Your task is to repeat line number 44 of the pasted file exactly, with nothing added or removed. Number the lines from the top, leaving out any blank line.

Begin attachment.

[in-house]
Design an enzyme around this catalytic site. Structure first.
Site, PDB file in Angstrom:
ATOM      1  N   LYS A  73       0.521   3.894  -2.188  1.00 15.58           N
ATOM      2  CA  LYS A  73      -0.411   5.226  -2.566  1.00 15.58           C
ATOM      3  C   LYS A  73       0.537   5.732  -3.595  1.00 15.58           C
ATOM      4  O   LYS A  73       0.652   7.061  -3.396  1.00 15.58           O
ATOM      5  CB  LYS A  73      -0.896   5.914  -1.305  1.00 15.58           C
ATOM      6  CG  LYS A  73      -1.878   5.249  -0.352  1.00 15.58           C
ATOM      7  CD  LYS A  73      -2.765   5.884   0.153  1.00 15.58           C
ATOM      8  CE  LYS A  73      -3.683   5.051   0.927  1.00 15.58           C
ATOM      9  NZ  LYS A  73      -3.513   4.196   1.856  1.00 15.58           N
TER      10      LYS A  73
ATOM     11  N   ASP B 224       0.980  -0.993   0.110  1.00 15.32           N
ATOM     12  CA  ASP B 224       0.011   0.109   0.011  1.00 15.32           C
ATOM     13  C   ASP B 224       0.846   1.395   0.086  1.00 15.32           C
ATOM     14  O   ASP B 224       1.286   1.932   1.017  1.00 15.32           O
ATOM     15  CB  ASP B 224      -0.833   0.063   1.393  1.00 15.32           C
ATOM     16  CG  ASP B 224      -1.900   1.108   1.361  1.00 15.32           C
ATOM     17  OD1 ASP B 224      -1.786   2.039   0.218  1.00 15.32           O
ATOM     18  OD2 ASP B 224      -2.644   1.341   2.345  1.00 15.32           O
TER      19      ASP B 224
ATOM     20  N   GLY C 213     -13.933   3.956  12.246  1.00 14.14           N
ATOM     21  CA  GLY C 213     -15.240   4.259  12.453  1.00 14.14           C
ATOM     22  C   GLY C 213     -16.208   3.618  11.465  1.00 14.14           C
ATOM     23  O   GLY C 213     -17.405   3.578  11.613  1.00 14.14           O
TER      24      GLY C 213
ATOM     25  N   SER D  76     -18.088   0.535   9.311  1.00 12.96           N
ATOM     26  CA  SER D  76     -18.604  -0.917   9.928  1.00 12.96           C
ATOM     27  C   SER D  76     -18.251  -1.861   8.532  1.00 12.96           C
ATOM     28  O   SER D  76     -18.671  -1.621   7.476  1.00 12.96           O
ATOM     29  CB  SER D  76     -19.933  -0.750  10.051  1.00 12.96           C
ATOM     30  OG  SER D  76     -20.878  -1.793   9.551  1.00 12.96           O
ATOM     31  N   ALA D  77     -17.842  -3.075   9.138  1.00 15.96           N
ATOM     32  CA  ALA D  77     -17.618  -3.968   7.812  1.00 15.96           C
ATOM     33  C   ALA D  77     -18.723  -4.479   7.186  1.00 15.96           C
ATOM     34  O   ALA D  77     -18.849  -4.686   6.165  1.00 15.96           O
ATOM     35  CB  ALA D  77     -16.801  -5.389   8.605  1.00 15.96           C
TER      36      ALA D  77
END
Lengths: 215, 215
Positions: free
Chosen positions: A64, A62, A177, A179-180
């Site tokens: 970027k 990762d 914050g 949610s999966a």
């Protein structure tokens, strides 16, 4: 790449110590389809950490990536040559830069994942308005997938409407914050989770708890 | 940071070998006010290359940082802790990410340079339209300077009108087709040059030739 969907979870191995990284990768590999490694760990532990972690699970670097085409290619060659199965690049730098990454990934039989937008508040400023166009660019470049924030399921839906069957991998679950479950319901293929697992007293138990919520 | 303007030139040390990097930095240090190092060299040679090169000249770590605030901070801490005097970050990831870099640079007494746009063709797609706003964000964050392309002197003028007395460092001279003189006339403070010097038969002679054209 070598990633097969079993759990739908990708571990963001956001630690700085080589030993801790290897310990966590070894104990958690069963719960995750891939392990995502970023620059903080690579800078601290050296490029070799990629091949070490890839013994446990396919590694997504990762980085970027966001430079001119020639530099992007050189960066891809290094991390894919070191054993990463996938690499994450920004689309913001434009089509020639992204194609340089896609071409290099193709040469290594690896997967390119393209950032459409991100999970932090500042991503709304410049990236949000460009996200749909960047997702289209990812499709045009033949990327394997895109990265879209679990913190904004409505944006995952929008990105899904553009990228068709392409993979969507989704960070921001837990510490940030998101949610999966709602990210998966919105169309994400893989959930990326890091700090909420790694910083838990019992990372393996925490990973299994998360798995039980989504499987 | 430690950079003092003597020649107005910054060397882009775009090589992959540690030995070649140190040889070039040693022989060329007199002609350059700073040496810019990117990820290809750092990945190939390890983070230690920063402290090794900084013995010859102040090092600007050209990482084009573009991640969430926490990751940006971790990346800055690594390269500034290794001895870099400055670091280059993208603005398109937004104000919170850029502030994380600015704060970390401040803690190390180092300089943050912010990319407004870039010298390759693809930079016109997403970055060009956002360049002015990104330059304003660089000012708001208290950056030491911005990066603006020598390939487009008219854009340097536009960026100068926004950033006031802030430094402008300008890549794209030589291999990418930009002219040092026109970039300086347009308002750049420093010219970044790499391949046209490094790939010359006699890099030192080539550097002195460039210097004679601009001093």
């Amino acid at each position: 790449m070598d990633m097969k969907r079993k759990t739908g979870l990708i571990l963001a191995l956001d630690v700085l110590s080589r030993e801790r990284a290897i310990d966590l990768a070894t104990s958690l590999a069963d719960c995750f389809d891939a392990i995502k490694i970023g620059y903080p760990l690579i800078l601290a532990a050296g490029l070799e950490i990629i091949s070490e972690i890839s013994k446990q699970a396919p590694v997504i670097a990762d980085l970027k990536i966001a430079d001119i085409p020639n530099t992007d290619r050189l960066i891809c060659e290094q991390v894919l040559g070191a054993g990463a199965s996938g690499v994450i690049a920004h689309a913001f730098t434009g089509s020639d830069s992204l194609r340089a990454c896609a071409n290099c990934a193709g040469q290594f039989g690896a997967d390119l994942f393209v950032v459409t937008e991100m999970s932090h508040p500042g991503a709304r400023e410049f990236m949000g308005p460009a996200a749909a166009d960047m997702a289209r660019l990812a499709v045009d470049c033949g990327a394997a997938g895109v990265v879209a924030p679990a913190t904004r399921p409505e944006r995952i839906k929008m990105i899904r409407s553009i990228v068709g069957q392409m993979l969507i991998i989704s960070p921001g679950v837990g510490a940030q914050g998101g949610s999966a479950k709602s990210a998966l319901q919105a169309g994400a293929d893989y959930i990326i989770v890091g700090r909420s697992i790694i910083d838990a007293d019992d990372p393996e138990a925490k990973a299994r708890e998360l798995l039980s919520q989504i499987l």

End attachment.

């Site tokens: 970027k 990762d 914050g 949610s999966a």